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Is it possible to force the Xcode complier to verify that files referenced in code are valid?

There are multiple points in Cocoa development when you naturally reference a file programmatically via an NSString:

[UINib nibWithNibName:@"MyNib" bundle:nil];
[UIImage imageNamed:@"MyImage"];
[[UIViewController alloc] initWithNibName:@"MyNib" bundle:nil];

Is there any way at compile time to check is these file references are valid?

Often times after using above methods, I end up changing the name of the referenced file but forget to change the name in code. Everything complies without a problem and it is only when you happen to go to the portion of the app that accesses this file that the bug will reveal itself.

Is there another approach or technique that people use to avoid this sort of error?
Referencing a file name via a string feels very fragile.

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Why cant you use if-else construct to check availability of the file at given path? –  Anoop Vaidya Jan 4 '13 at 18:29
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Not really applicable. If a file name has changed, I want to know about this - I don't want and image to be loaded blank. –  bearMountain Jan 4 '13 at 18:30
    
AFAIK theres nothing available to let check this while compiling. A safer way would be to use constants. –  Andy Jan 4 '13 at 18:31
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Constants would centralize the change, but you would still need to remember to change this constant, and you would be susceptible to typo errors that would be uncaught by the compiler. –  bearMountain Jan 4 '13 at 18:33
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One reason you can't do this is because there's no way to know what files will be accessible at runtime. Just because a file is present on the development system does not mean it will be present when the app is running, and certainly not in the same location. –  Hot Licks Jan 4 '13 at 20:25

4 Answers 4

up vote 3 down vote accepted

AutoComplete for [UIImage imageNamed:] by Kent Sutherland.
This provides code completion support within Xcode - a brilliant piece of code. This is working for me in Xcode 4.6: enter image description here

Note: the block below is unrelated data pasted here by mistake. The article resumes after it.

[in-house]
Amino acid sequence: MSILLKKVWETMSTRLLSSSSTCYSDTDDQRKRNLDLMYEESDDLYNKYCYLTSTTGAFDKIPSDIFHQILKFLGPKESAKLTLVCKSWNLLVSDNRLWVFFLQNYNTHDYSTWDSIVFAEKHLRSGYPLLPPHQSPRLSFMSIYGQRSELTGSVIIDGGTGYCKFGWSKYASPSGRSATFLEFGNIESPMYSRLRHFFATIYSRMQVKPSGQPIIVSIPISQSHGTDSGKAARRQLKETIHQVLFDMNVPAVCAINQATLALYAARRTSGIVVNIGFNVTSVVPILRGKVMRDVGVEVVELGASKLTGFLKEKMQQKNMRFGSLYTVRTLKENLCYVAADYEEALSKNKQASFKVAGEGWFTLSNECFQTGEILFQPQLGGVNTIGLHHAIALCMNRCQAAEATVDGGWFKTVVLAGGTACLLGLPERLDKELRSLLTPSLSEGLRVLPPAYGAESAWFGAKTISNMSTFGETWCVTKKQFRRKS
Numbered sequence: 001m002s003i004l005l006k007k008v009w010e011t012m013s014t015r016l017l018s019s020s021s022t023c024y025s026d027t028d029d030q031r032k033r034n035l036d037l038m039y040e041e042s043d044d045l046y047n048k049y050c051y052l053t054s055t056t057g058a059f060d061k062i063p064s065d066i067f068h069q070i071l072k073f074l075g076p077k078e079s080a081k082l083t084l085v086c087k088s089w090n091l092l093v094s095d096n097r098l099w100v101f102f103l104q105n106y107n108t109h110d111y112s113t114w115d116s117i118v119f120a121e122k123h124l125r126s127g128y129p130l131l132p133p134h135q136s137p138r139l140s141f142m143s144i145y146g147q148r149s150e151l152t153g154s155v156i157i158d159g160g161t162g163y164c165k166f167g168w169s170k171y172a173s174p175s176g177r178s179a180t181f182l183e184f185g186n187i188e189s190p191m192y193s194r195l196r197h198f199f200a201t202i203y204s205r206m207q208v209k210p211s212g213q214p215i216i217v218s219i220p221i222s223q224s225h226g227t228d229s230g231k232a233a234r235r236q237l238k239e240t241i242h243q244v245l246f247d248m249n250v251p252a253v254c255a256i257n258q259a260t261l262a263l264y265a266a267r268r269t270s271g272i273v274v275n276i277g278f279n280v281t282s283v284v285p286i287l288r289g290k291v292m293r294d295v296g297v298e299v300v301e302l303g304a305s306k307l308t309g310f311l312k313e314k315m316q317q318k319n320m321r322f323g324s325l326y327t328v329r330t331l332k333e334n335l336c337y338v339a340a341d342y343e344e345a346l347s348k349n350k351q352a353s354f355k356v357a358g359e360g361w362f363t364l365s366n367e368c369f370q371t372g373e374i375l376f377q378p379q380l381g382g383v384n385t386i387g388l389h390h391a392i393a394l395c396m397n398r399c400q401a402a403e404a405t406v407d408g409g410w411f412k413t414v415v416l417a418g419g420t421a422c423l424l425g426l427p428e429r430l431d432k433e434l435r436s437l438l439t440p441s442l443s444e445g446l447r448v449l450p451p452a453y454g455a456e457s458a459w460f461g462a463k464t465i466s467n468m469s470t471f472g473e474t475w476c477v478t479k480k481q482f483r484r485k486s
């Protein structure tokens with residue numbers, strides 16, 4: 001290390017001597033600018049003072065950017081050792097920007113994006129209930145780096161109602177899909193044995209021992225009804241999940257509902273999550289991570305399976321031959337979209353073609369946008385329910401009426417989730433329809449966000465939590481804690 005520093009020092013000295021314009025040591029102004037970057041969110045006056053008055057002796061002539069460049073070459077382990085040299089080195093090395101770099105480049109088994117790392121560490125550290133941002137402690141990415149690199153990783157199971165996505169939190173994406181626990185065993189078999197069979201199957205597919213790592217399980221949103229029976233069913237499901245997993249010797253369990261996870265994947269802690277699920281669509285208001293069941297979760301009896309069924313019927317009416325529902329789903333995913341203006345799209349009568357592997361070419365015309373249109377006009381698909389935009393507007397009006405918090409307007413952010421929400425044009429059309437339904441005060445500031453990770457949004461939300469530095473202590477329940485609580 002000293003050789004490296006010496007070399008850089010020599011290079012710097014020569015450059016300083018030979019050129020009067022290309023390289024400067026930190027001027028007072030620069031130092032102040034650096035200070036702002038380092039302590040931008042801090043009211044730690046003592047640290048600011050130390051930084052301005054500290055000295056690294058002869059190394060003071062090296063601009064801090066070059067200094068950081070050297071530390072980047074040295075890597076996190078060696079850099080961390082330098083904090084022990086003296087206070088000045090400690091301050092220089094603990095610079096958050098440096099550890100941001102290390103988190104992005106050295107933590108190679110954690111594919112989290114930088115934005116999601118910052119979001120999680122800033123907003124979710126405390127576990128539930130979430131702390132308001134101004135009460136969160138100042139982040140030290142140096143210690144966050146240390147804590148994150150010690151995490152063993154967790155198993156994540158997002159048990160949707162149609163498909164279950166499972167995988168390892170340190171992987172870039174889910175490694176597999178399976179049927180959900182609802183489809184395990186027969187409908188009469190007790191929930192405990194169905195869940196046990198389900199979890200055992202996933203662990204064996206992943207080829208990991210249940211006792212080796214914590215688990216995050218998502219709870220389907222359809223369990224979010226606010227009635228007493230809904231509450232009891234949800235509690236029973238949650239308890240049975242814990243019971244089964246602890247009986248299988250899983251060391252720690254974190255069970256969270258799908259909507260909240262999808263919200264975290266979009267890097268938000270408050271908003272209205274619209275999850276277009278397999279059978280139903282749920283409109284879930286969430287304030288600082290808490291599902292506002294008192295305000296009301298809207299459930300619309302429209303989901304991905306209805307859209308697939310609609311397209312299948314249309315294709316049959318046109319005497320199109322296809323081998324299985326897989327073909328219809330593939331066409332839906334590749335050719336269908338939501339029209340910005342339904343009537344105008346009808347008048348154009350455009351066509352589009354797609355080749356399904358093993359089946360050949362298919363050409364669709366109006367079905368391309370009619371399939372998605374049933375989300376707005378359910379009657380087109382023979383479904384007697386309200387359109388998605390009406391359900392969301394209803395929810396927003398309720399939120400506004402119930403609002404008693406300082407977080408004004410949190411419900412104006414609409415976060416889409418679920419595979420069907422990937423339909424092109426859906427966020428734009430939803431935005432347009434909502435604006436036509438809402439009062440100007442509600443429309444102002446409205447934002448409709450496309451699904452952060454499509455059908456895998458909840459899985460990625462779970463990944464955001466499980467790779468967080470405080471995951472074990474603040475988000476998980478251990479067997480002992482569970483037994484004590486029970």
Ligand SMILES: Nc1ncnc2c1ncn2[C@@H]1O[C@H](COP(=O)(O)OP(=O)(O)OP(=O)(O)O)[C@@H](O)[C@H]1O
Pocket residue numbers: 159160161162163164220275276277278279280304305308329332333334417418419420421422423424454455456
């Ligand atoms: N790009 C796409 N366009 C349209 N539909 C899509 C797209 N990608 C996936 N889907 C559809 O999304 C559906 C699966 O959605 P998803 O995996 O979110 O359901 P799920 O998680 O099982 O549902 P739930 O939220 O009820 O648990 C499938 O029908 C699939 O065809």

Currently this project does not have support for strings other than imageNamed:. To support those, I will try to write a compile time script. Or maybe I will become bold and try to extend Mr. Sutherland's spectacular work.

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Nice tool, thanks for sharing. –  Till Feb 3 '13 at 18:04

here is a bash script that we use that lists all images on disk but NOT referenced in code. https://gist.github.com/3750087

it would likely be easy to reverse this to check for non-exting images and xibs. Anyways, the script should be a good starting point

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Nibs usually have a class with the same name as the file, e.g.

[[MyViewController alloc] initWithNibName:NSStringFromClassName([MyViewController class]) bundle:nil];

I usually hide it into the controller's init method as [self class].

For image loading, compile-time checks are difficult. Help yourself with macros, first replace the loading method by a simple macro, e.g.

#define LOAD_IMAGE(__IMAGE_NAME__) [UIImage imageNamed:__IMAGE_NAME__]

First thing you should do is to put an assert into this macro and always check that the image was successfully loaded. It's not a compile-time check but it helps to find missing resources.

The second thing is to write a ruby/python/shell/(any scripting language) script that will search your source files for LOAD_IMAGE and check if the file (between parenthesis) exists. As a shell script, it will be very simple (e.g. using grep). You can add this script into your xcode project to be run when compiling. Don't forget to check images referenced by xibs.

However, often you have to create the image name dynamically, e.g. NSString* imageName = [NSString stringWithFormat:@"image_%i", index]. There's no way how you can check this at compile time.

Also don't forget to do the reverse check - don't include image files which are not used anywhere.

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Great scripting solution - I hadn't thought of this approach. Though on your first point, [[MyViewController alloc] init] actually already searches through your files and loads a nib if it has a name that matches the MyViewController class (according to Apple docs). This could save you a little bit of trouble. –  bearMountain Jan 4 '13 at 19:22
    
@bearMountain I know about it, had a problem with the default search when inheriting controllers from a base controller. Don't remember exactly the reason but I am using the [self class] now. Not a big trouble :) –  Sulthan Jan 4 '13 at 20:02

Xcode doesn't support this, but if this problem is really biting you then you could use the following hack:

  • Give every in-bundle file a unique prefix (e.g. app__)
  • When you add a file to your project, make sure you first rename it to add this prefix.
  • Your compile time (pre-distribution) check then has two parts: 1) Search through all .m files and enumerate strings that begin with the prefix. You shouldn't have to check if the string is quoted since your prefix is unique. 2) grep project.pbxproj for each string to check if it is included in the bundle.

With some effort, this process can be mostly automated and also optimized, but the above recipe ought to work.

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